Thimphu is the capital and largest city of Bhutan and perhaps the only capital city in the world without traffic light. It is situated in the western central part of Bhutan and is one of the Bhutan’s 20 Districts with a population of about 80,000. Thimphu became the capital of Bhutan in 1961.
MONUMENTS TO VISIT IN THIMPHU
Changangkha Monastery: Is one of the oldest temples of Thimphu dating back to 15th century. It was built by a descendant of Lama Phajo Drugom Shigpo. The new born babies of residents of Thimphu valley are taken to receive their first blessings from a High Lama (Monk).
National Memorial Chorten : This Chorten was built (1974) in honor of the late 3rd King Jigme Dorji Wangchuk “The Father of Modern Bhutan”. Built in a typical Tibetan style outside and with three shrines inside represents the mainspritual themes of the Nyingma School. The paintings inside depict tantric Buddhismin all its complexity. The complex is visited by people from all walks throughout the day and is one of the most public religious places in the capital.
Buddha Point: Kuenselphodrang now popularly know as Buddha point since the construction of the world’s tallest Buddha (Dhordenma) Statue (169 feet) started. Located on a hill, can enjoy the spectacular view of Thimphu valley.
Dupthop Lhakhang : One of the few nunneries in Bhutan.
Tashichho Dzong: The present form this Dzong was consecrated as late as 1969 and it is a visual delight. The history of this Dzong dates back to thirteenth century but the original dzong was not at the present site that offers no defensive merit. The old one was built in 1216 or so by the founder of the Lhapa School and was located on a spur to the North-East of the present one. This Dzong was badly damaged during a subsequent struggle with the drukpas and later became the property of Zhabdrung Nawang Namgyal in the 1630s. In 1641 he rebuilt the Dzong christening it Tashichhoe (the Fortress of Glorious Religion). This became the summer residence of the Zhabdrung and the clergy and Punakha the winter retreat. A fire in 1772 resulted in severe damage and the Desi and Je khempo of that time decided to rebuild it at the bottom of the valley where it now stands. After the capital was moved to Thimphu, it was renovated and expanded in 1962.
National Library: Was opened in 1967 to preserve the ancient Dzongkha texts and act as a repository for thousands of old religious books and manuscripts as well as the wooden blocks used for printing.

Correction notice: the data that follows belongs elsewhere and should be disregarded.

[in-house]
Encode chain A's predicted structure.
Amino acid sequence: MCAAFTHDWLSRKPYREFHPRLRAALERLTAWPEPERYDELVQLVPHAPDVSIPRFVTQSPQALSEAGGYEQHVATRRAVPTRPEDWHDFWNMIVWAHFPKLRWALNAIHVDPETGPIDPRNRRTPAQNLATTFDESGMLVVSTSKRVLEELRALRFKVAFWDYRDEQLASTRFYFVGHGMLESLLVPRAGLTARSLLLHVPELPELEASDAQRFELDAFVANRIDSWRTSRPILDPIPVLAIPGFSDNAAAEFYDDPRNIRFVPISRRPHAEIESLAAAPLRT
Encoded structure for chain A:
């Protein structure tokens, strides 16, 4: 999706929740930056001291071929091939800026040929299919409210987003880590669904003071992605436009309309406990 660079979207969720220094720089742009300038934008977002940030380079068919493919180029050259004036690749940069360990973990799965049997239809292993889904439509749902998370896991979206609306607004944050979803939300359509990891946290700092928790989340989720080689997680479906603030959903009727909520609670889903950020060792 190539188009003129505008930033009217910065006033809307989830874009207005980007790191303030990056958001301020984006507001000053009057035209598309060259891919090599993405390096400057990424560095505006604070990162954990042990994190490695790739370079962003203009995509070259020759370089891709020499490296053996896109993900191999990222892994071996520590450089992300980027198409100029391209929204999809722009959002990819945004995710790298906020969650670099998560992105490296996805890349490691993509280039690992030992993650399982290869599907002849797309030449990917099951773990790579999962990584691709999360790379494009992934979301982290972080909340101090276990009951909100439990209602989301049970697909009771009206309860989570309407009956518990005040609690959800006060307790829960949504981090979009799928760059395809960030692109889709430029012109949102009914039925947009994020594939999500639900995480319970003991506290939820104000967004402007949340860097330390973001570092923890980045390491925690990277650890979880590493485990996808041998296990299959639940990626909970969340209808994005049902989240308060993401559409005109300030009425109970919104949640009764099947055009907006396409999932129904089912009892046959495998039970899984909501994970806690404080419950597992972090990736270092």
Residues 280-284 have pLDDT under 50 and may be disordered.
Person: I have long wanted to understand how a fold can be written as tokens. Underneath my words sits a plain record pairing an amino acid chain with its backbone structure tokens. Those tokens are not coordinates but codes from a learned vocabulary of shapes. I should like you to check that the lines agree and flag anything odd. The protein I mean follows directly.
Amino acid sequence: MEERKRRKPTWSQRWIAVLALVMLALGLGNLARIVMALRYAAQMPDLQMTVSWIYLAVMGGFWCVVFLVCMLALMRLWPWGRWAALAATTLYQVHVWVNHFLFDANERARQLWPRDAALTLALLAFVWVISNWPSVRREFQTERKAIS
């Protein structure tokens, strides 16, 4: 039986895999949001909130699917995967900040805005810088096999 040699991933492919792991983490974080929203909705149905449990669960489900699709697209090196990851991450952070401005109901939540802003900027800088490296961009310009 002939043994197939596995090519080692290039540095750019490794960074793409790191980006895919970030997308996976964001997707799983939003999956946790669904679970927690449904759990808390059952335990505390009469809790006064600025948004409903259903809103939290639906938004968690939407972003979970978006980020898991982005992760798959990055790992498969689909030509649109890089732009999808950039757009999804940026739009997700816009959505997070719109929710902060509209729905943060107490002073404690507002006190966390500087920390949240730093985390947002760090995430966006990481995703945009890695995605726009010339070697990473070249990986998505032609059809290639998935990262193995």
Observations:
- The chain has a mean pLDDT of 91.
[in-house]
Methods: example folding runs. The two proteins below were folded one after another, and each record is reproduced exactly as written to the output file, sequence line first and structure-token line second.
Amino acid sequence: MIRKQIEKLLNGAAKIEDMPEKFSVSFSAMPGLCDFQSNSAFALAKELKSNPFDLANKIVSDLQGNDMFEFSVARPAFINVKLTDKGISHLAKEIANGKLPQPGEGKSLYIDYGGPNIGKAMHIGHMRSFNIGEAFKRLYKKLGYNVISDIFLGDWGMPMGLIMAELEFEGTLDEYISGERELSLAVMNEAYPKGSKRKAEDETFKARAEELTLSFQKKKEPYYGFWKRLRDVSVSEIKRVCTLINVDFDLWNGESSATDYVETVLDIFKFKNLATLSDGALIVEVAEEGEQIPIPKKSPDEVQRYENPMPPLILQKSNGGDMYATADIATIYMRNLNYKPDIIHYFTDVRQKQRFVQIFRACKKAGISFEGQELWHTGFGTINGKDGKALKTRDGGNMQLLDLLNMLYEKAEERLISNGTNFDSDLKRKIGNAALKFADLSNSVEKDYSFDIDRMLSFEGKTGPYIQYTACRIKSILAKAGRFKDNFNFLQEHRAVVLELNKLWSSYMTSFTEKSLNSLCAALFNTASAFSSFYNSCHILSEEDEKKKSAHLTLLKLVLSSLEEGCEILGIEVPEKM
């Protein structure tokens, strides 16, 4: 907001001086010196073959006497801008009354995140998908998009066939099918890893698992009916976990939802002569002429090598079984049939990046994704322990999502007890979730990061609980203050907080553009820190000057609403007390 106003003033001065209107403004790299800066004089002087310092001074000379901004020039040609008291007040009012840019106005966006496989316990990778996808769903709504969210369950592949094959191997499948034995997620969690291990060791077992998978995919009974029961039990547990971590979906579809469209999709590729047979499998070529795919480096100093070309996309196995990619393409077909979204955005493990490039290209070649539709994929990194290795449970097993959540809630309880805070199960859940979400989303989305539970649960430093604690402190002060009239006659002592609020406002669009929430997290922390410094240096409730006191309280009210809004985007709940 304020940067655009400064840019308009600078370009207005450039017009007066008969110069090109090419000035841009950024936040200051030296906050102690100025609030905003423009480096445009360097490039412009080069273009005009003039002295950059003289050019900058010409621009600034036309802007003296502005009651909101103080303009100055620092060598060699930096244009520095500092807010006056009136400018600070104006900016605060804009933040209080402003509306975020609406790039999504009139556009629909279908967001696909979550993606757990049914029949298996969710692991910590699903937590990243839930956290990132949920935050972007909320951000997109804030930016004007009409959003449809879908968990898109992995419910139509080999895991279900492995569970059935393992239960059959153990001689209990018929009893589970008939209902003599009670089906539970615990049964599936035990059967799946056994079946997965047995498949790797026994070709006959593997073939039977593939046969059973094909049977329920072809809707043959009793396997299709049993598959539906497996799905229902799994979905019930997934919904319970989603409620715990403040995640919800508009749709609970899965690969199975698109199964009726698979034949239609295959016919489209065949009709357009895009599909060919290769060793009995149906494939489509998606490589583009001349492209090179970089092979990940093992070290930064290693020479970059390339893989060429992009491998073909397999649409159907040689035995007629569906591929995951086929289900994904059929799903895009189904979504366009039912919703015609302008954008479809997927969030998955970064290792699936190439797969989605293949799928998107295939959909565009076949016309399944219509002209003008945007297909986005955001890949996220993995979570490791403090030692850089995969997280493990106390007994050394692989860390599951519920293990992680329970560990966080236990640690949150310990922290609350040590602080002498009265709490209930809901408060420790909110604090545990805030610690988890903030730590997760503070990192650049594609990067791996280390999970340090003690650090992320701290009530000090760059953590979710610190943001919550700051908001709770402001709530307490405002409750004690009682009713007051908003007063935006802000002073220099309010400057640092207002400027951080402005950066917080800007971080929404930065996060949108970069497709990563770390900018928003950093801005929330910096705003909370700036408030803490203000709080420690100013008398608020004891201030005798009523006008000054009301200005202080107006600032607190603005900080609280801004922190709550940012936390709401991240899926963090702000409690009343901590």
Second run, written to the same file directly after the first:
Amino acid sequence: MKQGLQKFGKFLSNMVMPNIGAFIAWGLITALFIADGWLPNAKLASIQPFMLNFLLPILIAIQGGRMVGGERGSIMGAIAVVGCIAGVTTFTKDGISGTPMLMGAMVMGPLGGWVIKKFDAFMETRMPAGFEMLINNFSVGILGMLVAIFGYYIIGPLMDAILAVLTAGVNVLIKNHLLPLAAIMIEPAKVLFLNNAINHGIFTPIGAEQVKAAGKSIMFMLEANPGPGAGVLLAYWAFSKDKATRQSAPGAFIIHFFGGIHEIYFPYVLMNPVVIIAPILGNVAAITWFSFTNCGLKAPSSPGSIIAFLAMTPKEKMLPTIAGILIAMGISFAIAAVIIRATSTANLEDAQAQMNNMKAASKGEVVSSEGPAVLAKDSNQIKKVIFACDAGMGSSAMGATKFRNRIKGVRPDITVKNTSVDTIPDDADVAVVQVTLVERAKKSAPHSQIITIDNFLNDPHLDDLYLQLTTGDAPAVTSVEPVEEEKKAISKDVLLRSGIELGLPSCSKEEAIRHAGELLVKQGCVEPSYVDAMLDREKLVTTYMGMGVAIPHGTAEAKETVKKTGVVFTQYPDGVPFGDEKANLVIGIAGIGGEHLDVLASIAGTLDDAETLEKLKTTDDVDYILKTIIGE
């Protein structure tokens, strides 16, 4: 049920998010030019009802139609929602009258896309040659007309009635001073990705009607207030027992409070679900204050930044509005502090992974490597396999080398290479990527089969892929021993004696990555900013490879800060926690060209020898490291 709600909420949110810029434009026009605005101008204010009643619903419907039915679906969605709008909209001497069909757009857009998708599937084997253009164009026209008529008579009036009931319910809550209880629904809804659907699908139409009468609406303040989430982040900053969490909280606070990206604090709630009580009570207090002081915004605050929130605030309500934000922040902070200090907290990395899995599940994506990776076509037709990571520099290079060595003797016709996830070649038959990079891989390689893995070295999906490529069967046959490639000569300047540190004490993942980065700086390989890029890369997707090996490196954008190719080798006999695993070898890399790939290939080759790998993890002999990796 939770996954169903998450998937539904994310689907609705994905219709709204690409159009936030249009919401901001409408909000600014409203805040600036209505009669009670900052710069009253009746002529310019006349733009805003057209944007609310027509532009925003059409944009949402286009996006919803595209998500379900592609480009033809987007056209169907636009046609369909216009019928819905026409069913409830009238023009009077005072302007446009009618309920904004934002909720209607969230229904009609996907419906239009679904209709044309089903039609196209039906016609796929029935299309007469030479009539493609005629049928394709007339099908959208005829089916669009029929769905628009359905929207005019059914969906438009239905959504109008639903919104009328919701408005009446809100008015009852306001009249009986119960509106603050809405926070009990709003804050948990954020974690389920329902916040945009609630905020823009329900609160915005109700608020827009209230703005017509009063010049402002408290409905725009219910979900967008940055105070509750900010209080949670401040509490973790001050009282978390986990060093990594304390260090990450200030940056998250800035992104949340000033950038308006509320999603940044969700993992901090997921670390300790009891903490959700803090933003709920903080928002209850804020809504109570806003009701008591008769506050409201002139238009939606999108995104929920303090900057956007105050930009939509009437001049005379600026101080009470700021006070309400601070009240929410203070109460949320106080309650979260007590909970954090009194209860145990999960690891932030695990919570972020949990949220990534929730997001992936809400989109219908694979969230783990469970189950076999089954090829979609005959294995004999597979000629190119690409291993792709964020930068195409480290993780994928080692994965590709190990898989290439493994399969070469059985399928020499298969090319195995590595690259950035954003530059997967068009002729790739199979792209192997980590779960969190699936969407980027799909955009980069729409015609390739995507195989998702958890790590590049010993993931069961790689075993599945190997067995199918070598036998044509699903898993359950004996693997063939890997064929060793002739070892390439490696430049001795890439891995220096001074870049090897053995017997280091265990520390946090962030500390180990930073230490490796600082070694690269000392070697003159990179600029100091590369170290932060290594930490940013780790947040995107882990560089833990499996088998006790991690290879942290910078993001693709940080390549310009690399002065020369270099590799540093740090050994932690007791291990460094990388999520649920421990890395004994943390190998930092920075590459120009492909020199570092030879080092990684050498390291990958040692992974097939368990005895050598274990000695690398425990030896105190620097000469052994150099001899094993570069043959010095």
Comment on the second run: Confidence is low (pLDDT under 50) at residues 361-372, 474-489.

Zorig Chusum: Institute of 13 Traditional arts and crafts of Bhutan offers six years course on Bhutan traditional arts and crafts. One can witness the students at practice.
Folk Heritage Museum: The Museum offers a glimpse of not only the past but also depicts the present reality of rural Bhutanese people.
Royal Textile Academy: Was instituted in May 2005 under the patronage of Her Majesty Ashi Sangay Choden Wangchuck as a non-government, non-profit organization with the aim to educate, promote and preserve Bhutanese Textiles. It showcases the traditional methods of weaving and has large collection of of dresses from the Royal family.
Cheri Monastery: Situated to the North of Thimphu city it takes about 45 minutes drive to reach the end of road from where it takes 2 hours hike to Cheri Goemba (Monastery). The trail starts by crossing a lovely roofed wooden bridge across the Wang Chu river, and then climbs steeps to the monastery. This monastery was built by Shabdrung Ngawang Namgyal in 1620 and established the first monk body. A Silver Chorten (stupa known as Kudung) inside the monastery holds the ashes of Shabdrung’s father.
Tango Monastery: This monastery was founded by Lama Gyalwa Lhanampa in 13th century and Desi Tenzin Rabgye the 4th Temporal Ruler built in its present form in 1688. In 1616, Shabdrung Ngawang Namgyal meditated in its cave. Today it is the institute of higher learning of Buddhism in Bhutan. The Main Lhakhang (Temple) holds the statues of ‘Due Sum Sangye’ (three Buddhas of past, present and future).
Simtokha Dzong: Simtokha Dzong is about 3Km south of Thimphu above the old road to Paro and Phuntsholing. Officially known as Sangak Zabdhon Phodrang (Palace of the Profound Meaning of Secret Mantras), it was built in 1629 by Shabdrung Ngawang Namgyal.